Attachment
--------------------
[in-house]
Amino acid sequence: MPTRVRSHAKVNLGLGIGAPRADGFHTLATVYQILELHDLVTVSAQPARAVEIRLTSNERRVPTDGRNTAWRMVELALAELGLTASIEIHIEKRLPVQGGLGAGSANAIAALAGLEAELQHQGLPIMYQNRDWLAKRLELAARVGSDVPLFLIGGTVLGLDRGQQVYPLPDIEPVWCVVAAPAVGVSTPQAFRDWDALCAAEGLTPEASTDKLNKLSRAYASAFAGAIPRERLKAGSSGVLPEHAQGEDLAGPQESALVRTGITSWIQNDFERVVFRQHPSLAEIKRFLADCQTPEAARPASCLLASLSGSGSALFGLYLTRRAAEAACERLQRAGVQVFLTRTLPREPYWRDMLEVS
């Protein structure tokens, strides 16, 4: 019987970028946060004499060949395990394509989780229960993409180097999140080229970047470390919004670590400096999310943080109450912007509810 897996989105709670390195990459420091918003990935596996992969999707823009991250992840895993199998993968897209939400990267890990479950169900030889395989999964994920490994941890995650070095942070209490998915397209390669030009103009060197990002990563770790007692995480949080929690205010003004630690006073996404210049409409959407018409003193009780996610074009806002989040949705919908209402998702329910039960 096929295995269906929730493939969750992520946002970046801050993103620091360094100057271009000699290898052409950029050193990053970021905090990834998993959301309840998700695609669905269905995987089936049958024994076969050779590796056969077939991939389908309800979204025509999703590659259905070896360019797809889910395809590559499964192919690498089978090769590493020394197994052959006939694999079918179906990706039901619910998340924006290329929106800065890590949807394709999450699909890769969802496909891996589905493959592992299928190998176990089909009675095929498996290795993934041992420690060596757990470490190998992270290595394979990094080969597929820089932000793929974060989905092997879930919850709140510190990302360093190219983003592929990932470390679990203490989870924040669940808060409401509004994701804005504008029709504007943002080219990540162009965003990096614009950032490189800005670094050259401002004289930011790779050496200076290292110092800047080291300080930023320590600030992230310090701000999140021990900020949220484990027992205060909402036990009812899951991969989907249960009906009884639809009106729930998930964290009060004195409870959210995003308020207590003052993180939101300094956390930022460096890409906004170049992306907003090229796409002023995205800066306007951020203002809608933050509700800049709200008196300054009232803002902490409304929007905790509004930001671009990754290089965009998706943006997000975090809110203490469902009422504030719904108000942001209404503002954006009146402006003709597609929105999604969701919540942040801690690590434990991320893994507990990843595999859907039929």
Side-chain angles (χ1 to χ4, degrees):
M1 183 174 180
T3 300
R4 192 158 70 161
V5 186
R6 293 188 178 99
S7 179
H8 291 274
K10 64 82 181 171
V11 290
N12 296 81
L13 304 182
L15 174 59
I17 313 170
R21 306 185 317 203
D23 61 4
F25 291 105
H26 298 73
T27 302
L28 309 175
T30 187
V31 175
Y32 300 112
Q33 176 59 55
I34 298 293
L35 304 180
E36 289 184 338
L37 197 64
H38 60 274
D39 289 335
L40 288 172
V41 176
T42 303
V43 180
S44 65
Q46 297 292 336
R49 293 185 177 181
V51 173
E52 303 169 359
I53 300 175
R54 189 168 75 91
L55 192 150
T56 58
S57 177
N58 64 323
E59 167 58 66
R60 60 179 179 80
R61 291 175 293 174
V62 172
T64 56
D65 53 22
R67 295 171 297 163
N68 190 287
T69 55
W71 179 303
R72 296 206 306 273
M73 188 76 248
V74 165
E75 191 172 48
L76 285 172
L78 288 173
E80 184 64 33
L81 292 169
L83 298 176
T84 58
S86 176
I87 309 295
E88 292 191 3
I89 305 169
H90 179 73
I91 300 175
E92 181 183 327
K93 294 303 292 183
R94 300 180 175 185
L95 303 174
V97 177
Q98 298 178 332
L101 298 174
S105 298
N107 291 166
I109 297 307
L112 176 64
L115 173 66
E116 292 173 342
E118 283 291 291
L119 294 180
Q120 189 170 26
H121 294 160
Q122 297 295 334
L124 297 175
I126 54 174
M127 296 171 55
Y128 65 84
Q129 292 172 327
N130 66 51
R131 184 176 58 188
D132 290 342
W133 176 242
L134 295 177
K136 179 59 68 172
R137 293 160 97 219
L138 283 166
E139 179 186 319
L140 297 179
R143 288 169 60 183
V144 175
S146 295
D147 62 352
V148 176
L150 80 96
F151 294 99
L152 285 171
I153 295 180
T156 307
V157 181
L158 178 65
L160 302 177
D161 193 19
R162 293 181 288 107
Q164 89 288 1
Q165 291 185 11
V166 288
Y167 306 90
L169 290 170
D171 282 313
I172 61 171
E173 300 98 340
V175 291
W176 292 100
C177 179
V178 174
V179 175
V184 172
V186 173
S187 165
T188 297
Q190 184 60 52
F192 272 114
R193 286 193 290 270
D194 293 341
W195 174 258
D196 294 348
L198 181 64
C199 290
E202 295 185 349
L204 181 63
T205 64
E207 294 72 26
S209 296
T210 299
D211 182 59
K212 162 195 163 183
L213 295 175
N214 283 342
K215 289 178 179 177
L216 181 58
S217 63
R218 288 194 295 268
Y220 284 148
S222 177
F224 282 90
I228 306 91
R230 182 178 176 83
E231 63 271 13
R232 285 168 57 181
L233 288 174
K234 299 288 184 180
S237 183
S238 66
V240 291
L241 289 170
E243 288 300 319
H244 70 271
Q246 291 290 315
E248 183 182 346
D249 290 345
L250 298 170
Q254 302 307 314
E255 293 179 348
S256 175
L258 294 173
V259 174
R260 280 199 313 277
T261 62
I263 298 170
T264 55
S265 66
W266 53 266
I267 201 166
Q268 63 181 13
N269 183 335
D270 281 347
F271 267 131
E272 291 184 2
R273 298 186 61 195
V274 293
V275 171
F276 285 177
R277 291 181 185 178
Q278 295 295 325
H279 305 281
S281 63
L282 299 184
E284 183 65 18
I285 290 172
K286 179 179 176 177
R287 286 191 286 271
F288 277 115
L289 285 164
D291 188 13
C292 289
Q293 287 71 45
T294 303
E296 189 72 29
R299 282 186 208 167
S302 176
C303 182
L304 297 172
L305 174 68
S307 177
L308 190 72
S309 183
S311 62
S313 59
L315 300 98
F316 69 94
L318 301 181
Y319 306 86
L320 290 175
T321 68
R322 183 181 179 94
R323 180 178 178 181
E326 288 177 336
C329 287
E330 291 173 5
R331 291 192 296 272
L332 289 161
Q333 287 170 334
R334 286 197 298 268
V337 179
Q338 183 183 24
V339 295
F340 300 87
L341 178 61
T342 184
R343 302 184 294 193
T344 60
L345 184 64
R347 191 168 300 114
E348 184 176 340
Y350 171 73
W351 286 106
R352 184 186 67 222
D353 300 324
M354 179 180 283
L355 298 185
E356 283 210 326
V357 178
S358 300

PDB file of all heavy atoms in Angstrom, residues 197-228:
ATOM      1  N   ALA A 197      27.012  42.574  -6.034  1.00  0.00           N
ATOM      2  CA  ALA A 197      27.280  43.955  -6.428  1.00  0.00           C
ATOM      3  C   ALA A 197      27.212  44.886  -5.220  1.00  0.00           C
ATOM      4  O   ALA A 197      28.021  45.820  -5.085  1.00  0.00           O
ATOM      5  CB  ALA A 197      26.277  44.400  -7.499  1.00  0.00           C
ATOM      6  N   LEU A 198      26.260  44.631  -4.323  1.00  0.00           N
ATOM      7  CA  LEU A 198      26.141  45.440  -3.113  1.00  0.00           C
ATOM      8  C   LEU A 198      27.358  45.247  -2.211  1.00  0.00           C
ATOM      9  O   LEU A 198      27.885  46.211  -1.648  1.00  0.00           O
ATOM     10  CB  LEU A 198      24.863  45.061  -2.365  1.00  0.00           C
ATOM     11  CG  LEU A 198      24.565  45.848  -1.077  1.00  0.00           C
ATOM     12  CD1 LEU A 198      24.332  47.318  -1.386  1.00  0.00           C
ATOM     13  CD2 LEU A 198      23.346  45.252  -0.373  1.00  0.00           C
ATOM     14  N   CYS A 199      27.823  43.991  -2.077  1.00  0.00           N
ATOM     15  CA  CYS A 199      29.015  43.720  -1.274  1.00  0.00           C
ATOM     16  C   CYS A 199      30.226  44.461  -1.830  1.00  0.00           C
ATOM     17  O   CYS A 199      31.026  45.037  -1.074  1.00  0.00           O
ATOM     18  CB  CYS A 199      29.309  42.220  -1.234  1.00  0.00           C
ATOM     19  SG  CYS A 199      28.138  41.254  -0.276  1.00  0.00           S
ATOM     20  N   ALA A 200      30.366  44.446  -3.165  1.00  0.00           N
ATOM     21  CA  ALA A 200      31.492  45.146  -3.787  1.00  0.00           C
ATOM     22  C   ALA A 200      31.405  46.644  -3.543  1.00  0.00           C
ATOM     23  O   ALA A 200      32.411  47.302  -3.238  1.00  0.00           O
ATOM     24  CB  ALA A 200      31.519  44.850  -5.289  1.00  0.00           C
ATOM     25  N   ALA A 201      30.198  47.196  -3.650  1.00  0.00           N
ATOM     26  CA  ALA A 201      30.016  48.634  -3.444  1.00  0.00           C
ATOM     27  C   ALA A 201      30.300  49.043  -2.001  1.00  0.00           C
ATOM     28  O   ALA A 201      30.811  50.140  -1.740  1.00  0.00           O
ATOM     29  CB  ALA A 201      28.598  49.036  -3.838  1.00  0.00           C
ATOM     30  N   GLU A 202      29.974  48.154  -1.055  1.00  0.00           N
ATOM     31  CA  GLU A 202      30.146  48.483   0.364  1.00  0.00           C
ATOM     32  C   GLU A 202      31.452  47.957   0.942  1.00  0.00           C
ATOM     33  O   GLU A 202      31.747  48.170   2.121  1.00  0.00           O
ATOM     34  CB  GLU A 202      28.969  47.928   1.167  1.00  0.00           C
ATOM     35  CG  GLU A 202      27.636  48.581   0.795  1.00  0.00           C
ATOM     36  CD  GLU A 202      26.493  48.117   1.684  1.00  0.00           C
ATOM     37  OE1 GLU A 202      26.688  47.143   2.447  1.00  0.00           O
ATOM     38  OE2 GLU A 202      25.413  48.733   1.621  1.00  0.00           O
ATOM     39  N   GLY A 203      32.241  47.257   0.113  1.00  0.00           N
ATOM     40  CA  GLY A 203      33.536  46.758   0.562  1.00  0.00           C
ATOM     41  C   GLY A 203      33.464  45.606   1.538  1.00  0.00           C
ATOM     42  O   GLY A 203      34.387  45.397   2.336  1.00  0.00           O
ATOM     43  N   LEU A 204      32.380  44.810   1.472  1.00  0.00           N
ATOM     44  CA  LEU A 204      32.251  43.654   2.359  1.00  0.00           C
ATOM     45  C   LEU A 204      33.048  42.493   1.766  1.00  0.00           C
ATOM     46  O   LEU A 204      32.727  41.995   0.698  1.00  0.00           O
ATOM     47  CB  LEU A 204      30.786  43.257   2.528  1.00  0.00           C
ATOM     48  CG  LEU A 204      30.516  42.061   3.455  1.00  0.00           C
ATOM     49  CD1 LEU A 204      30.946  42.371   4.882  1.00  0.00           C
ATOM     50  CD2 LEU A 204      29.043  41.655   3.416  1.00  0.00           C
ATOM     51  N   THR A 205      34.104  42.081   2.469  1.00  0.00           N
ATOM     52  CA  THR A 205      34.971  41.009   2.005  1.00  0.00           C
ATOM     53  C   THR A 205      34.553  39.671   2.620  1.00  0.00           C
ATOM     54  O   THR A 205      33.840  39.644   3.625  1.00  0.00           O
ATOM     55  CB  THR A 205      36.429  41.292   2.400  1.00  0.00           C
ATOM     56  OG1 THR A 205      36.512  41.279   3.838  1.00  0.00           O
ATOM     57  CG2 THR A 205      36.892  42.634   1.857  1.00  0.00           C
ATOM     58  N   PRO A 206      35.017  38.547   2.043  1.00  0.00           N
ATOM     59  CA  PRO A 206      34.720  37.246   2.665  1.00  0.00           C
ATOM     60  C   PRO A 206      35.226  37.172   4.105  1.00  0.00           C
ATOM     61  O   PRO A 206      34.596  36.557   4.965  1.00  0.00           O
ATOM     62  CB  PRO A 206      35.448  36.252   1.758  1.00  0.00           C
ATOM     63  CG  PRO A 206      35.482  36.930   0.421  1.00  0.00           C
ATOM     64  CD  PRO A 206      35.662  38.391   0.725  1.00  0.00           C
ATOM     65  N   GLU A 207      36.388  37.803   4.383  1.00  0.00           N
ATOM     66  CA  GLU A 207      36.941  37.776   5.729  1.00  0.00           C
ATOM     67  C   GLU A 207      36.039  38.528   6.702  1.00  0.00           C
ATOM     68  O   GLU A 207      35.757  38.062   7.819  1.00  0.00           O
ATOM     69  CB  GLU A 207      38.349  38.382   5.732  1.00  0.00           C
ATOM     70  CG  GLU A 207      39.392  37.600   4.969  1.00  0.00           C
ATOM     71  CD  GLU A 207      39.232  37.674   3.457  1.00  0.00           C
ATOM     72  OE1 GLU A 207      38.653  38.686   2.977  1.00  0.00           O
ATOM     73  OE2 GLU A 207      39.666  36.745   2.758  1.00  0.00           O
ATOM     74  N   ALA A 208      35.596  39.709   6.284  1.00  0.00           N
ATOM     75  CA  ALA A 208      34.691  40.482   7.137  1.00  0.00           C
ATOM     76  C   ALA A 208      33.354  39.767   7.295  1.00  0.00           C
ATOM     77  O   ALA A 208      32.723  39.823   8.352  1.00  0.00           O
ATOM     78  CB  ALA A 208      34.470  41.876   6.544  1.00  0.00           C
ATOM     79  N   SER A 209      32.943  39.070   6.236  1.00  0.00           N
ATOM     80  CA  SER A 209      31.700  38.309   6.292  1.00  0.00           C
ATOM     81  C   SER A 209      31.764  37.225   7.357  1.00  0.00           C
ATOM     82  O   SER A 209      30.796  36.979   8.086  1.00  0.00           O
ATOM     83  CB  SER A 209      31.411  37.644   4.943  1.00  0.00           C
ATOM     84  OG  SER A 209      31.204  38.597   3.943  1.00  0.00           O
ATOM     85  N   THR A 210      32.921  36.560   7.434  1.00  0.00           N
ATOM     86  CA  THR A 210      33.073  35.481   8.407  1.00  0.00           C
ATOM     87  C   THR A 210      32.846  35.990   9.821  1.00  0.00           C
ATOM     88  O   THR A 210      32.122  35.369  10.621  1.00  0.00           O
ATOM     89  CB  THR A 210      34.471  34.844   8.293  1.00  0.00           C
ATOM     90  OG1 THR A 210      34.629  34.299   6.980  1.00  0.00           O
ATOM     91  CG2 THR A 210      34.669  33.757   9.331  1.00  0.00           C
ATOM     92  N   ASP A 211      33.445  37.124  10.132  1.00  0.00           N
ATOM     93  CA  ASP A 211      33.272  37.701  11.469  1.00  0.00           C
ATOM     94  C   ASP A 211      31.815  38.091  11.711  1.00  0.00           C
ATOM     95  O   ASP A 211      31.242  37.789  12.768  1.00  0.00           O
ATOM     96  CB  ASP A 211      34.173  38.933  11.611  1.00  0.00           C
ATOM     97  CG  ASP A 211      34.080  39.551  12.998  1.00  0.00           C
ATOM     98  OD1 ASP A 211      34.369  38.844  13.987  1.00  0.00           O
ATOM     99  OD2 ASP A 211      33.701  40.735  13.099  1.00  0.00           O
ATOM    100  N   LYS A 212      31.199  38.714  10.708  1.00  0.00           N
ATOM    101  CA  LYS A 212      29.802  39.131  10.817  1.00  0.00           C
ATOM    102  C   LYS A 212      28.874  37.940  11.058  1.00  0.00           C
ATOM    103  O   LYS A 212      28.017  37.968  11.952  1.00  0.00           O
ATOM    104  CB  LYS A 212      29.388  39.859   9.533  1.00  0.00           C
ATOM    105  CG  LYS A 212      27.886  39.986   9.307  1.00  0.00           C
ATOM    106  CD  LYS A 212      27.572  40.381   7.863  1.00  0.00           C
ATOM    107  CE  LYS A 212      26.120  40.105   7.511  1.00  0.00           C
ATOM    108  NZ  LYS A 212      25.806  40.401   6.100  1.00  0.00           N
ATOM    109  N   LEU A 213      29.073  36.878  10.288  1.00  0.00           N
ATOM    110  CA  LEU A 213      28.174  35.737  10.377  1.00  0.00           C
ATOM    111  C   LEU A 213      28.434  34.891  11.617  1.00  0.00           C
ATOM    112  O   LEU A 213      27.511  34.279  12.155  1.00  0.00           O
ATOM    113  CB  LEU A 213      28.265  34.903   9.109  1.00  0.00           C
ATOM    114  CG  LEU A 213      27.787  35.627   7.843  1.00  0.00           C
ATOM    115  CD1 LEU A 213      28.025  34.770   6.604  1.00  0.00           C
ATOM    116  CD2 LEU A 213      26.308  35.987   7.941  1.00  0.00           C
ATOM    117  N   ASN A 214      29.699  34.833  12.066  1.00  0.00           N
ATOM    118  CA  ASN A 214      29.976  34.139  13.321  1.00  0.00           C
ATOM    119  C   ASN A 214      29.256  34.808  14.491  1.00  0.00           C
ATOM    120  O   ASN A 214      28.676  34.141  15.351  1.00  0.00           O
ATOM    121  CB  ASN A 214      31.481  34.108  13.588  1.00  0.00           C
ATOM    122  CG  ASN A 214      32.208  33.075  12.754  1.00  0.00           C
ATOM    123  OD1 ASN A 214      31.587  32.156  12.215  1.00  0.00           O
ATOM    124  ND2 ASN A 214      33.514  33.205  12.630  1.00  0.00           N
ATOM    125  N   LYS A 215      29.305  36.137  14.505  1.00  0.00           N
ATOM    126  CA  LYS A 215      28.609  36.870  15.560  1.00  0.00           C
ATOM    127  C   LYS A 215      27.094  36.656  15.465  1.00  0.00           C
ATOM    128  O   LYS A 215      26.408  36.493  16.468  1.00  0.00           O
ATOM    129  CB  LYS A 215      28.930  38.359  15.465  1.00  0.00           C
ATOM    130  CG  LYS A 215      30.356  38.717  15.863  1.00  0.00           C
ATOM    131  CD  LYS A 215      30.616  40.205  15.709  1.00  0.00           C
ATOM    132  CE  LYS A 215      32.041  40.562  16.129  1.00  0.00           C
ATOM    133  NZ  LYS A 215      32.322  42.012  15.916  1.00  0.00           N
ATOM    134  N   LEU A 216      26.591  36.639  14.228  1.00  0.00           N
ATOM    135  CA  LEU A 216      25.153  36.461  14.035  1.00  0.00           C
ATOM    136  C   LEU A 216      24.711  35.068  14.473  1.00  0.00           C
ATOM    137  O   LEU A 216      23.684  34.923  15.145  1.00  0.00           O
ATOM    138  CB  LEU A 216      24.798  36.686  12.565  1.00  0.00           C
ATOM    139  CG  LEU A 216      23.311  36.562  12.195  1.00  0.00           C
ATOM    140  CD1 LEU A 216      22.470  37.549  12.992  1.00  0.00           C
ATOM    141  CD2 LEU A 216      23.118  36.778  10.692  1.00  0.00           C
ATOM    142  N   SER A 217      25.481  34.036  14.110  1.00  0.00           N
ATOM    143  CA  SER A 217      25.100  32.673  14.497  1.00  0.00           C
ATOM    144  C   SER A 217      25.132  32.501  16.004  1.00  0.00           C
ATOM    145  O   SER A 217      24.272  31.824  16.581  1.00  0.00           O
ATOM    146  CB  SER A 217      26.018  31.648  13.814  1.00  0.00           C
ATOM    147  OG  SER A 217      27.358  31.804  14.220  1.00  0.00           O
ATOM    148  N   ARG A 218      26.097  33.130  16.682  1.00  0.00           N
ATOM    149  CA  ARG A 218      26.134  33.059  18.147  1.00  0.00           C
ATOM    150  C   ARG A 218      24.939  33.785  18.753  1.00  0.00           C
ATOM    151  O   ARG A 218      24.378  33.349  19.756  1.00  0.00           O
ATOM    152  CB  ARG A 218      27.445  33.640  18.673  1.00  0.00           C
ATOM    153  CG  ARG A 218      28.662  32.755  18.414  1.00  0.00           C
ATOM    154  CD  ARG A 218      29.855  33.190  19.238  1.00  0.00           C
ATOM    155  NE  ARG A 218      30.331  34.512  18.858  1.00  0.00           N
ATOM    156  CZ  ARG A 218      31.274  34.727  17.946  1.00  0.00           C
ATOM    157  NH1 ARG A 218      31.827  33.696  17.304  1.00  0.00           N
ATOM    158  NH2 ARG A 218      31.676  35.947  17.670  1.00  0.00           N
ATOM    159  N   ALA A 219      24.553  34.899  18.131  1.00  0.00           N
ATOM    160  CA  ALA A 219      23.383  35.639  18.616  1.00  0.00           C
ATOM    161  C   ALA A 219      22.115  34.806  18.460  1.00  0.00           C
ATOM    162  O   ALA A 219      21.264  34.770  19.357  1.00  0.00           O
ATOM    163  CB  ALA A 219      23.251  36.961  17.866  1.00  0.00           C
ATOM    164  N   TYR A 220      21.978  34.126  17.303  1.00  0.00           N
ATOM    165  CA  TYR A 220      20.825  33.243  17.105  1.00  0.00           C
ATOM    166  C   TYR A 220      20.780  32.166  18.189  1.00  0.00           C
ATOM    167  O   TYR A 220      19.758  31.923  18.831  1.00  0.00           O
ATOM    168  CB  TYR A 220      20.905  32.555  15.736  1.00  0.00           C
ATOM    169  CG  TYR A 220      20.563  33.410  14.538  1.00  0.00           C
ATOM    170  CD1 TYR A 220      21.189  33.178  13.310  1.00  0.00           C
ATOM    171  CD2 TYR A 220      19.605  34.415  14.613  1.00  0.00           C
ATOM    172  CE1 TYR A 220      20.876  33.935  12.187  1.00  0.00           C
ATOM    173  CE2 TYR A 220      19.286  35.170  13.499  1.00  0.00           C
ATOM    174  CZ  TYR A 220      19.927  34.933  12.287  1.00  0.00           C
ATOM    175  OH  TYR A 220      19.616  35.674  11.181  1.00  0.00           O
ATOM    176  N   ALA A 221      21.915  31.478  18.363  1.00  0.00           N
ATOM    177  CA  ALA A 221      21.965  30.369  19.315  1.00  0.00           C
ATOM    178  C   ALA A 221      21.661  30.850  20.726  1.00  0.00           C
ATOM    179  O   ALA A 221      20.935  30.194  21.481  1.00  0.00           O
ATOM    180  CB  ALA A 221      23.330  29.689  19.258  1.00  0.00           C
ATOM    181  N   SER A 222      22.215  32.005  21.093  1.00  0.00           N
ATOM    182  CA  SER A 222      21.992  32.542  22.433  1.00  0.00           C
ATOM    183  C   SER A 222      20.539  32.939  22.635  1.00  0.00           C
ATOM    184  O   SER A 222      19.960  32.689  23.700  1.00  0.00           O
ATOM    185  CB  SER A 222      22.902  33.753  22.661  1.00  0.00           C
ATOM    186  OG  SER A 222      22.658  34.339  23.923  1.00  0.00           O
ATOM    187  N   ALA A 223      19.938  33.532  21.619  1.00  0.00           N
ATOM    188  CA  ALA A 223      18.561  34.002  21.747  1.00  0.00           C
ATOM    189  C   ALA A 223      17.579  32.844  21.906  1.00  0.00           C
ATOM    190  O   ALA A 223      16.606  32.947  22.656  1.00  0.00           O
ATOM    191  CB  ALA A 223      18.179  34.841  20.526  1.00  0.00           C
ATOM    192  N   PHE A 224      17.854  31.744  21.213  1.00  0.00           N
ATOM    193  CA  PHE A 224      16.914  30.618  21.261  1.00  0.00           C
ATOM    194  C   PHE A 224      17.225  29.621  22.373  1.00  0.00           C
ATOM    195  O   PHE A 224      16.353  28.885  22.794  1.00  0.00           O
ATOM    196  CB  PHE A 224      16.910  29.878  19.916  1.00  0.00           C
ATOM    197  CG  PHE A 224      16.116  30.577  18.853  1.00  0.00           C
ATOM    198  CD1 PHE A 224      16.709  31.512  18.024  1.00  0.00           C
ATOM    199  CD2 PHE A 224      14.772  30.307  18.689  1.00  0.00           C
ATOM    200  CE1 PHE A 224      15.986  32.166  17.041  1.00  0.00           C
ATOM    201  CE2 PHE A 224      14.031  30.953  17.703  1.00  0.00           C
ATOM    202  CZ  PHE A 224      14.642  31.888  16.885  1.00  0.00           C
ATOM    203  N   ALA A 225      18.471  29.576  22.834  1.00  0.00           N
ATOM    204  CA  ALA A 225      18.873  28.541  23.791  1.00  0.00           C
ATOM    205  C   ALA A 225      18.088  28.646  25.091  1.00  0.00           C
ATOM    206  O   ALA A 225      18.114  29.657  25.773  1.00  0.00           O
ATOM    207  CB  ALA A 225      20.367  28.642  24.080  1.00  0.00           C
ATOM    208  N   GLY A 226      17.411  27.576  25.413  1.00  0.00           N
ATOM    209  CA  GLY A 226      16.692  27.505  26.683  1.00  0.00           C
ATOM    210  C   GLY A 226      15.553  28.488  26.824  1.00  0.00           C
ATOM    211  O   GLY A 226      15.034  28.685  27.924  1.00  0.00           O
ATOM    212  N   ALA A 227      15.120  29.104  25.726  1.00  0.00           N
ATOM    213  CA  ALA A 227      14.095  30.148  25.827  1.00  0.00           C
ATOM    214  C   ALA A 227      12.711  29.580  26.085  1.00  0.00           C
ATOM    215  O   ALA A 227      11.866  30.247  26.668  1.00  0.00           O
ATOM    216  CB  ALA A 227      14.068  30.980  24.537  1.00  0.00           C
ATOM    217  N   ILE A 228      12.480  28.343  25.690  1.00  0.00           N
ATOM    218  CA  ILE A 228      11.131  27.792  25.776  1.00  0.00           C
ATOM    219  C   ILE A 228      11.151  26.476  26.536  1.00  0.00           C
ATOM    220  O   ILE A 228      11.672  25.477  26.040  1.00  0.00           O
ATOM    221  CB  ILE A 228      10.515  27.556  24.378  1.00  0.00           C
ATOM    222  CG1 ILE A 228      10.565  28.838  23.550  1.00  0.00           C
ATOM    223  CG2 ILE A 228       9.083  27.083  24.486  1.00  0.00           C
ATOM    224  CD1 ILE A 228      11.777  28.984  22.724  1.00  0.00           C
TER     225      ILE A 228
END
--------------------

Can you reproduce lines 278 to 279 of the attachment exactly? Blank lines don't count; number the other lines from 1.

ATOM     15  CA  CYS A 199      29.015  43.720  -1.274  1.00  0.00           C
ATOM     16  C   CYS A 199      30.226  44.461  -1.830  1.00  0.00           C